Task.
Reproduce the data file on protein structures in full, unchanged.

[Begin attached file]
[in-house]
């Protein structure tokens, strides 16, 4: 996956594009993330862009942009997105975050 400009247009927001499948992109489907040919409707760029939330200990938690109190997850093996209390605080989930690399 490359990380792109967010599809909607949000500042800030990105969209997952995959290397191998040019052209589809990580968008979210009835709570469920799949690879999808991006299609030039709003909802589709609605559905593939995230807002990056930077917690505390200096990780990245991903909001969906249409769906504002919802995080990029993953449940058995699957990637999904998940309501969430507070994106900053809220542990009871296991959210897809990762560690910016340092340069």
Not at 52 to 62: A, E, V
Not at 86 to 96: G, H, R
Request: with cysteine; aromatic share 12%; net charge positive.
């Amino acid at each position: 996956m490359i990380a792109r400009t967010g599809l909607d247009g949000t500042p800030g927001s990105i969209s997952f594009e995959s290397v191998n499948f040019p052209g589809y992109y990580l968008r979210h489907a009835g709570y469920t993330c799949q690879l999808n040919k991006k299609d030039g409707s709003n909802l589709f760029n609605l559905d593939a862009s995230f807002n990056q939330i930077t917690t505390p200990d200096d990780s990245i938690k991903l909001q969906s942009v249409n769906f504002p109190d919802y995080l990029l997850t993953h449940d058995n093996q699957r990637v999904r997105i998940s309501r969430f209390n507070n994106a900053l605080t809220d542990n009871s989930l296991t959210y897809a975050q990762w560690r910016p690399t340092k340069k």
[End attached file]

[in-house]
């Protein structure tokens, strides 16, 4: 996956594009993330862009942009997105975050 400009247009927001499948992109489907040919409707760029939330200990938690109190997850093996209390605080989930690399 490359990380792109967010599809909607949000500042800030990105969209997952995959290397191998040019052209589809990580968008979210009835709570469920799949690879999808991006299609030039709003909802589709609605559905593939995230807002990056930077917690505390200096990780990245991903909001969906249409769906504002919802995080990029993953449940058995699957990637999904998940309501969430507070994106900053809220542990009871296991959210897809990762560690910016340092340069």
Not at 52 to 62: A, E, V
Not at 86 to 96: G, H, R
Request: with cysteine; aromatic share 12%; net charge positive.
């Amino acid at each position: 996956m490359i990380a792109r400009t967010g599809l909607d247009g949000t500042p800030g927001s990105i969209s997952f594009e995959s290397v191998n499948f040019p052209g589809y992109y990580l968008r979210h489907a009835g709570y469920t993330c799949q690879l999808n040919k991006k299609d030039g409707s709003n909802l589709f760029n609605l559905d593939a862009s995230f807002n990056q939330i930077t917690t505390p200990d200096d990780s990245i938690k991903l909001q969906s942009v249409n769906f504002p109190d919802y995080l990029l997850t993953h449940d058995n093996q699957r990637v999904r997105i998940s309501r969430f209390n507070n994106a900053l605080t809220d542990n009871s989930l296991t959210y897809a975050q990762w560690r910016p690399t340092k340069k």